Cereal description: Here's a partial list of ingredients in Leapin' Lemurs: "organic corn meal," "organic whole grain corn meal," "organic evaported cane juice," "organic peanut butter," "organic molasses," "organic cocoa," "organic soy oil" -- as opposed to "soy oil assembled in a lab using only unnatural ingredients made in other labs," I suppose. Based on this list, I'm guessing that the folks who market this brand want people to know it's organic -- but I can't say for sure.
Box description: First things first: Getting into this container was like unlocking a chastity belt without a key. The glue (organic glue, no doubt) sealing the top was slathered on so thickly that I was afraid I'd tear the top simply opening it -- and I had to absolutely shred the plastic bag inside when the adhesive used to close it refused to surrender its grip. At least there was information printed inside the box about Lemurreserve.org, an organization dedicated to saving real-life lemurs. A lot more gratifying than, say, a recipe for lemur stew -- particularly given how adorable the mama and baby lemur on the front cover are. Their big yellow eyes stare at the breakfaster as another one of the critters leaps to a tree in the background, and a fourth sits on a branch over the Leapin' Lemurs logo, shaped to imply that it was carved rather than printed. Above it is the children-centric EnviroKids stamp and (natch) the word "organic"; beneath it, a bar labeled "Peanut Butter & Chocolate." The bowl in the lower right-hand corner is accompanied by a "USDA Organic" symbol and a banner declaring that "This Product Has Always Been Gluten Free" catty-corner from an announcement that the munch is "New" -- calling into question just how long "always" has been. The side panel opposite the nutrition information notes that 1 percent of EnviroKidz sales "is donated to species & habitat conservation and environmental education" and points out that the company's products contain "no synthetic pesticides." Guess I won't sprinkle it in front of my garage to try to kill ants. And on the back? More information about lemurs, including the sad fact that they've lost 80 percent of their traditional homeland to deforestation. It made me almost too depressed to eat.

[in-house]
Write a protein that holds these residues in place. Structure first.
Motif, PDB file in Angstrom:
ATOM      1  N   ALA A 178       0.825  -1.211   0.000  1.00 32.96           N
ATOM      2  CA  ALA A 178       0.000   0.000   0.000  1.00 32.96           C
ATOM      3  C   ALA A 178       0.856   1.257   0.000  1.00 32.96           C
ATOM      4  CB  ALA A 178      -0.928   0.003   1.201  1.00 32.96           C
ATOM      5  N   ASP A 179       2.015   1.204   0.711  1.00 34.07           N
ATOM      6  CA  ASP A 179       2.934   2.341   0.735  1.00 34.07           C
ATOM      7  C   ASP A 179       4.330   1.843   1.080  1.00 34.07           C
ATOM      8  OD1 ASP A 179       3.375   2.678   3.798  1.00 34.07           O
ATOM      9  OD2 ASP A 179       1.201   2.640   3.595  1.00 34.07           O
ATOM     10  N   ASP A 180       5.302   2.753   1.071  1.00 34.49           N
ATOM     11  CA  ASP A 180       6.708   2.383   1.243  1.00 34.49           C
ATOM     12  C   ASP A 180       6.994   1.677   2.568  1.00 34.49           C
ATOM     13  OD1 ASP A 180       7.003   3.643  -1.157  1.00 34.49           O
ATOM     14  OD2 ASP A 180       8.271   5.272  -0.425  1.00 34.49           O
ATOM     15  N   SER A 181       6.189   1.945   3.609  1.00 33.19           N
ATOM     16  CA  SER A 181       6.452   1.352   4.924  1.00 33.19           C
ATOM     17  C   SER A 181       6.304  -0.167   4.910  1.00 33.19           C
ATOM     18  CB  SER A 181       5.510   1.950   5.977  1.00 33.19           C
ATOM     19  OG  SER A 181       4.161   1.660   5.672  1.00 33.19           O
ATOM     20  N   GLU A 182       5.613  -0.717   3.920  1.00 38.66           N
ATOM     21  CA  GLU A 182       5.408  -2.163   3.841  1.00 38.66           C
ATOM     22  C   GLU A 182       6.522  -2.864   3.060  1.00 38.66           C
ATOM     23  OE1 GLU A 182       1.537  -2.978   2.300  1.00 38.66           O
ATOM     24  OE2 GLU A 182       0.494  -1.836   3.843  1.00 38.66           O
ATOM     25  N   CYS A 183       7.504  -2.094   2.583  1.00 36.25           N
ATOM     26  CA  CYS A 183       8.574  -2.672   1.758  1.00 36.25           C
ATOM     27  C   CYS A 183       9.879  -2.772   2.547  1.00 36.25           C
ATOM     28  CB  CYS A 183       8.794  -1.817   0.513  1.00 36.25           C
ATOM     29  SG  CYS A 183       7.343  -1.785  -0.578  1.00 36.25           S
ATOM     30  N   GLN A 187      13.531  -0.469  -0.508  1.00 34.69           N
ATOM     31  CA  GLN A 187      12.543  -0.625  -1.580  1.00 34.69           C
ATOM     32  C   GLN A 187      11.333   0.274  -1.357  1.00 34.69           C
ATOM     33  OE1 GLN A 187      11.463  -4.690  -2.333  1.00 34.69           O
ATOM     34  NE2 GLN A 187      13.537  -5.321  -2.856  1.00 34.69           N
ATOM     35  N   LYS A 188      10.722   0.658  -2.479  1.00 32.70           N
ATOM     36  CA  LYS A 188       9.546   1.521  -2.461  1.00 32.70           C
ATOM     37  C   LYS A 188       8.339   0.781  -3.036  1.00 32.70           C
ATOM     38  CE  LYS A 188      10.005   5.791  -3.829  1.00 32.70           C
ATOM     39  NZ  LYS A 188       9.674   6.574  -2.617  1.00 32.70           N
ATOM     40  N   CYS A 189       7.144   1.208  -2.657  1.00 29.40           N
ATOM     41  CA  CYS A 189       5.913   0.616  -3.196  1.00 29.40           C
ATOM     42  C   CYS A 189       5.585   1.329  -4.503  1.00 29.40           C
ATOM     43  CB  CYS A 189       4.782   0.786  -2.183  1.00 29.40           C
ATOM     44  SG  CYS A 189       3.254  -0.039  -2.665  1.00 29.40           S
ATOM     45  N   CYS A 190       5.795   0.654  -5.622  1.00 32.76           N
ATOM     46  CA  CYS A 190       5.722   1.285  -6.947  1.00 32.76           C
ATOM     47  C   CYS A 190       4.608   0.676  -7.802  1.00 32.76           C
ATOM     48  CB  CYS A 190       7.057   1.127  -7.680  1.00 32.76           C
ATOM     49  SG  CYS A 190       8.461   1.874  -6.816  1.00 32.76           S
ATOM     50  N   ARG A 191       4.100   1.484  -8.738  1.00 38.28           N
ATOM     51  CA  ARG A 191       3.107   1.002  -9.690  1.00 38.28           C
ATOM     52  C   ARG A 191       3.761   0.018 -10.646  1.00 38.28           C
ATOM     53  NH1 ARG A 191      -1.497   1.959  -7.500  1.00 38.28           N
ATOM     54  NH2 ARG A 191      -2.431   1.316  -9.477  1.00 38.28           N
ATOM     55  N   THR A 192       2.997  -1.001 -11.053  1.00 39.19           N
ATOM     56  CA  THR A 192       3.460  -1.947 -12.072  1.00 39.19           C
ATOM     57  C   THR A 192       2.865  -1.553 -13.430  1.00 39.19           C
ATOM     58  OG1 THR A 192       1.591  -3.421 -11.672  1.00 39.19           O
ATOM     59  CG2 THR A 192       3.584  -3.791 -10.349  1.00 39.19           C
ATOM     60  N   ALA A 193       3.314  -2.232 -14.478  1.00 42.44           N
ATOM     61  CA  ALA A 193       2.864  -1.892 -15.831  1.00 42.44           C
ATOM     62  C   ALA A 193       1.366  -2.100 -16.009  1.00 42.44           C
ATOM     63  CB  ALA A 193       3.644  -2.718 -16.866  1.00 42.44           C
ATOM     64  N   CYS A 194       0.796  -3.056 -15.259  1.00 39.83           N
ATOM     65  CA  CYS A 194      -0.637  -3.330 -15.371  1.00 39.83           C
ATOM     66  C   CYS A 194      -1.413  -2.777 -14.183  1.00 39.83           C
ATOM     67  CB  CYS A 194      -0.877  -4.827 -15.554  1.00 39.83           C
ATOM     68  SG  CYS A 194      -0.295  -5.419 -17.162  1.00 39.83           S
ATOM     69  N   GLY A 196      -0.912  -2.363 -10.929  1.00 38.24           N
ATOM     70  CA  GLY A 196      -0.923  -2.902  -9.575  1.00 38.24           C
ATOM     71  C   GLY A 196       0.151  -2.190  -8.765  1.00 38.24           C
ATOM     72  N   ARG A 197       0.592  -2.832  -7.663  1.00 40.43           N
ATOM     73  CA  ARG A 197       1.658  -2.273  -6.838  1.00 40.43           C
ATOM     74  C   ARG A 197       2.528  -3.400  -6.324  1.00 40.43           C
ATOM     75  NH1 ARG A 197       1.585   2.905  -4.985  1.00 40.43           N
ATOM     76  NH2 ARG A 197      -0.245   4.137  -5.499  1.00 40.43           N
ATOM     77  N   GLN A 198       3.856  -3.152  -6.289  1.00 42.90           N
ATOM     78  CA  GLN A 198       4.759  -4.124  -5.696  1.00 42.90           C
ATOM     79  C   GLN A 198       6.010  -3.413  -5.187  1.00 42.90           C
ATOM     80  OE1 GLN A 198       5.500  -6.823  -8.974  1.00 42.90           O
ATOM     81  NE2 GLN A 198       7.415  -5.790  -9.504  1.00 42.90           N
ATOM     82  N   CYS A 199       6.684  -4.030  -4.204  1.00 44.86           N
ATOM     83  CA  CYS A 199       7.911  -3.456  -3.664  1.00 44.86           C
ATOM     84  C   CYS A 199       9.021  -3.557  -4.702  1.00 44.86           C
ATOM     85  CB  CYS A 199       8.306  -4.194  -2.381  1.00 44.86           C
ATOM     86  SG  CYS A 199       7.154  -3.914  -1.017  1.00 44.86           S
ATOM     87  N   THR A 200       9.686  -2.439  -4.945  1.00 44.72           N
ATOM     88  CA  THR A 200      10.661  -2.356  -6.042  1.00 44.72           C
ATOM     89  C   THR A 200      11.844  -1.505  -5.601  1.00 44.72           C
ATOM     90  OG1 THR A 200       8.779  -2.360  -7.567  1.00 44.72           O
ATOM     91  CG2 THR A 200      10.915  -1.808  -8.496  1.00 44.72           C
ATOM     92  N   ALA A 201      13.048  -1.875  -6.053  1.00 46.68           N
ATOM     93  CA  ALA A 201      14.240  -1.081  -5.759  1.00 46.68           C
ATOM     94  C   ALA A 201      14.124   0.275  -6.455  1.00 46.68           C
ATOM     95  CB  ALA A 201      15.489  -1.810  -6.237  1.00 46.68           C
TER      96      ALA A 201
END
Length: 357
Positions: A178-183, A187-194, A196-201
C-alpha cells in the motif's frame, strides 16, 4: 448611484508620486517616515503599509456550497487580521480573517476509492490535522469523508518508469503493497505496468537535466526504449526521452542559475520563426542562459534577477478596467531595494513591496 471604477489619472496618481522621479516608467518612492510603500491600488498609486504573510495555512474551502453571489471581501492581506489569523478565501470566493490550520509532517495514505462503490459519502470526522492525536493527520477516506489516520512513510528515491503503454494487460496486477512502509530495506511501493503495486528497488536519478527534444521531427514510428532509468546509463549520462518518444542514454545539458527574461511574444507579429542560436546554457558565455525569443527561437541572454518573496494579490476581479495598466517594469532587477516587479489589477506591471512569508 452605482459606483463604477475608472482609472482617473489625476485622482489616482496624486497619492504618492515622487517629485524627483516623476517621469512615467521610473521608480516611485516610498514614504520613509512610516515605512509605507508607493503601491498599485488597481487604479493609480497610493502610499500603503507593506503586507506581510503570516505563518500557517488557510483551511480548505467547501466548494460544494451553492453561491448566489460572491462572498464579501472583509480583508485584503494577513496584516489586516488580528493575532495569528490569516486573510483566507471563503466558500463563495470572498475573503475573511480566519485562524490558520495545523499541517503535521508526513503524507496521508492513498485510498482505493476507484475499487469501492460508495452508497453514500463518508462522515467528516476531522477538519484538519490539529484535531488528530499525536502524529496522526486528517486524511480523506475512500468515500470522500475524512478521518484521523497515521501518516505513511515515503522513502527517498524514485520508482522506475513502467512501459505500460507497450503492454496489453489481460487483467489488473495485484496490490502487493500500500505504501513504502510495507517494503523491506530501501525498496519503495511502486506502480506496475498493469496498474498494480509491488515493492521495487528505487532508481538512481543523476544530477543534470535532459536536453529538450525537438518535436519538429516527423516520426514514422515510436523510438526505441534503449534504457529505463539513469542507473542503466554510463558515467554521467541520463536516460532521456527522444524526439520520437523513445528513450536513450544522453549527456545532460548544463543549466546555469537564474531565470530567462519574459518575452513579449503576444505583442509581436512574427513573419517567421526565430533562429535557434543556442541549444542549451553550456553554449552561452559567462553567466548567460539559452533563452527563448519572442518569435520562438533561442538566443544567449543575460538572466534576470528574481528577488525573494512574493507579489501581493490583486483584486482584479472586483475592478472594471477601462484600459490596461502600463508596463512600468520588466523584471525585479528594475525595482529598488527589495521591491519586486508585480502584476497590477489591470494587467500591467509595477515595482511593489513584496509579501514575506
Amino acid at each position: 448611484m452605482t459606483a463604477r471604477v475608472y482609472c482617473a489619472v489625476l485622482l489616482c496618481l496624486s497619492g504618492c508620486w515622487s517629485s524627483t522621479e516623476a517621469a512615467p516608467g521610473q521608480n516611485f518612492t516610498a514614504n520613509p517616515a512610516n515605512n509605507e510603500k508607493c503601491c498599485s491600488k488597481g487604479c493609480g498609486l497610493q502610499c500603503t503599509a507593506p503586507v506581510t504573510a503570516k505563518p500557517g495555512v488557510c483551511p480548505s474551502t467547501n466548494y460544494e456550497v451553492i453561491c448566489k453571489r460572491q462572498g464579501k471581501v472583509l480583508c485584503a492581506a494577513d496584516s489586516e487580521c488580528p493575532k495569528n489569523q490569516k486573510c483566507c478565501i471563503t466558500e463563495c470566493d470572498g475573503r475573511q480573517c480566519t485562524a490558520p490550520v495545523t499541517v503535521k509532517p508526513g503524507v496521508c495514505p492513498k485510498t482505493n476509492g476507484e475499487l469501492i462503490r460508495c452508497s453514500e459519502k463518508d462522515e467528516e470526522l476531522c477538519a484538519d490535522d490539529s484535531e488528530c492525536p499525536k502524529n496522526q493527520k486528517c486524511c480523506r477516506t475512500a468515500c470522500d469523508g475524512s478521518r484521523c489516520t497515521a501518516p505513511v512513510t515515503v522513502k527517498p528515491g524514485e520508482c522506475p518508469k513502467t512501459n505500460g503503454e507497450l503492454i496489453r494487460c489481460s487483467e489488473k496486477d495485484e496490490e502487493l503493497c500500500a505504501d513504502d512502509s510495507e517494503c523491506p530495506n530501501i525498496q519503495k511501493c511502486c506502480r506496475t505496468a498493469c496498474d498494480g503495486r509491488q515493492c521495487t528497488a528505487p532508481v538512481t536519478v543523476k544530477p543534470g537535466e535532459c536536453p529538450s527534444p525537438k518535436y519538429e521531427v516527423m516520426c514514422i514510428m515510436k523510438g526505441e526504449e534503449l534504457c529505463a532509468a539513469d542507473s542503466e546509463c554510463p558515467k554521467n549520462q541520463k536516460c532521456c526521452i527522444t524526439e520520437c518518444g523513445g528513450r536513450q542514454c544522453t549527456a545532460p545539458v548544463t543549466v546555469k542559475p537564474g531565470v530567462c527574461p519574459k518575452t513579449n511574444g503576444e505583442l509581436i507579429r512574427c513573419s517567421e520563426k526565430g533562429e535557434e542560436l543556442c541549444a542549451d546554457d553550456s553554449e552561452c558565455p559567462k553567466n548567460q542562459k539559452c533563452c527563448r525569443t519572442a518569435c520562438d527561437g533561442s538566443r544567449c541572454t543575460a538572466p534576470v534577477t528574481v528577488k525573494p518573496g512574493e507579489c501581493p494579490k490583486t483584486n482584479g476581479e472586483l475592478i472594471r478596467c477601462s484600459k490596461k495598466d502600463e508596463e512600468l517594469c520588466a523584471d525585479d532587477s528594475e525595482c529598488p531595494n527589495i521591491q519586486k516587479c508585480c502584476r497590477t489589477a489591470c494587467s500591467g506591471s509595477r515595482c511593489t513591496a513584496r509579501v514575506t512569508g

Taste: Hate to rip on this stuff too much given its do-good aspects, but it's not exactly a revolution in early morning fare. These light tan and deeper brown orbs are unexpectedly hard, requiring energetic chomping to mash them into an edible form, and they surrender their flavor reluctantly. Although the cocoa and peanut butter infused within them ultimately make their presence felt, the effect is mild sweetness, as opposed to the bold, eat-gasmic kind. That's a lot of work for a modest reward.
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Conclusion: These Lemurs probably won't make you leap. More like a small hop.